Events in Paraguay are moving fast--see boz for updates. The Senate is expected to vote on removal by 4:30 pm EST today. Fernando Lugo has been fighting Congress and facing coup rumors since he took office. The essential point here, as in other cases (I couldn't help but think of Bill Clinton) the complaints are political rather than criminal. The opposition just doesn't like what he's doing.
Yet it corresponds to the constitution, which is vague on this point. From Article 225:
El Presidente de la República, el Vicepresidente, los ministros del Poder Ejecutivo, los ministros de la Corte Suprema de Justicia, el Fiscal General del Estado, el Defensor del Pueblo, el Contralor General de la República, el Subcontralor y los integrantes del Tribunal Superior de Justicia Electoral, sólo podrán ser sometidos a juicio político por mal desempeño de sus funciones, por delitos cometidos en el ejercicio de sus cargos o por delitos comunes.
La acusación será formulada por la Cámara de Diputados, por mayoría de dos tercios. Corresponderá a la Cámara de Senadores, por mayoría absoluta de dos tercios, juzgar en juicio público a los acusados por la Cámara de Diputados y, en caso, declararlos culpables, al sólo efecto de separarlos de sus cargos, En los casos de supuesta comisión de delitos, se pasarán los antecedentes a la justicia ordinaria.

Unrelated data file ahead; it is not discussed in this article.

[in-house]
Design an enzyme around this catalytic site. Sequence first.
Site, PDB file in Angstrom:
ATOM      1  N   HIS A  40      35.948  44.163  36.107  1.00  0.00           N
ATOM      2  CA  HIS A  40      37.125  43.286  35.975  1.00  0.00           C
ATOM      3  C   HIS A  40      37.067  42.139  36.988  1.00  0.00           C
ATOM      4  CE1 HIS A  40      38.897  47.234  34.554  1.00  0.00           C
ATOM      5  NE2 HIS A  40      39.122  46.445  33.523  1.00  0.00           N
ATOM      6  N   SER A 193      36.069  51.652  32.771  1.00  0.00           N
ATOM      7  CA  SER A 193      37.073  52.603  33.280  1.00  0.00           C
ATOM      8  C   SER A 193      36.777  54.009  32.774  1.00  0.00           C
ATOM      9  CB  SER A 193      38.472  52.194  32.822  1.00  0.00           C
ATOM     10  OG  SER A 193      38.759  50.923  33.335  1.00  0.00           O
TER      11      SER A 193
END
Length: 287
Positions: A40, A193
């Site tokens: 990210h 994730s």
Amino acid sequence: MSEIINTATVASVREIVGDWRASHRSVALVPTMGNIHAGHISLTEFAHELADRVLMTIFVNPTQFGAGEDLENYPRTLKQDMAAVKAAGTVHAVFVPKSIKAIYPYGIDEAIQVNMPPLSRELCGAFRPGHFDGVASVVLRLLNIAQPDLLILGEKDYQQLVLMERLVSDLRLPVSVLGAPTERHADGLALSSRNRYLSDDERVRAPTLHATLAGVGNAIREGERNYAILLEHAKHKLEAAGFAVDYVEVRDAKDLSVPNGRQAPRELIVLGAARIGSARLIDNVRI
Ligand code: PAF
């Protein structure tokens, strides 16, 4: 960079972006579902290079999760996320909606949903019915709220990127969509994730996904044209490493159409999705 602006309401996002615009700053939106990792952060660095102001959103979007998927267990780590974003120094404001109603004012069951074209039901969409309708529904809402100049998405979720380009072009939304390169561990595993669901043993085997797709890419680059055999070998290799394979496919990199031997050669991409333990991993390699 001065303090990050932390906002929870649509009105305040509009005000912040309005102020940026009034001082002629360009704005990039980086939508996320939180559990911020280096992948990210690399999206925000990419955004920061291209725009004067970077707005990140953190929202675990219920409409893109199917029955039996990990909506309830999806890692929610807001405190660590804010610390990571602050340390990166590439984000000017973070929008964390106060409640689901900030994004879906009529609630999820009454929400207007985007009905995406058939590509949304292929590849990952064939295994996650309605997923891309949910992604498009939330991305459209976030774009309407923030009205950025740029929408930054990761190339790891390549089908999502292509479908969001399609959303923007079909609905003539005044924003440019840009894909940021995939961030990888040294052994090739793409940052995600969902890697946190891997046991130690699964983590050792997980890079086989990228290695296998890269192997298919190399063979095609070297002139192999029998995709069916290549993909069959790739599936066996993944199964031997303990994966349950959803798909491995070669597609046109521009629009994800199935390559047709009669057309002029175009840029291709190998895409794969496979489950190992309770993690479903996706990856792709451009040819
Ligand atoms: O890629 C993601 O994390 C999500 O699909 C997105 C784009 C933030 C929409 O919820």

What is "mal desempeño de sus funciones"? A rough translation is "poor performance of his duties." It's up to the legislature to decide what that means. It can, in fact, mean anything they want it to as long as they have the votes. I am not saying this is good; I am saying it is constitutional.
This made me think about an odd point, namely that the political left and right in Latin America are constantly accusing each other of conducting nefarious plots legally. As far as I've seen, Lugo has argued that the actions are illegitimate, but not that they are illegal.
We constantly hear that actions taken by Rafael Correa and Hugo Chávez represent the development of a "constitutional dictatorship" because they fall within the constitution but are undemocratic. Yet the right now says Paraguay is totally different because the right is acting within the constitution. Both the left and the right often seem to acknowledge the legal nature of their opponent's actions.
There are three conclusions we can take, some of which are contradictory. I am not yet convinced of any of them, but offer them as thoughts in process.
First, too many extreme political maneuvers are legal in Latin America. Constitutions are jam packed--Paraguay's has 291 articles. There is extraordinarily broad scope that allows for too much. I should mention, though, that the Paraguayan constitution has tremendous detail, yet the impeachment article is left vague.
Second, endemic corruption can adapt to any legal form. Who cares what the constitution says if the driving force of regime change is the entrenchment of corrupt elites? Lugo had powerful enemies, so they would figure out some way of ousting him.
Third, it's positive that all sides at least on the surface adhere to the laws. Manipulating constitutions is not new, but should we applaud the fact that the military has publicly said it would remain neutral? This is preferable to the clearly unconstitutional actions in Honduras three years ago.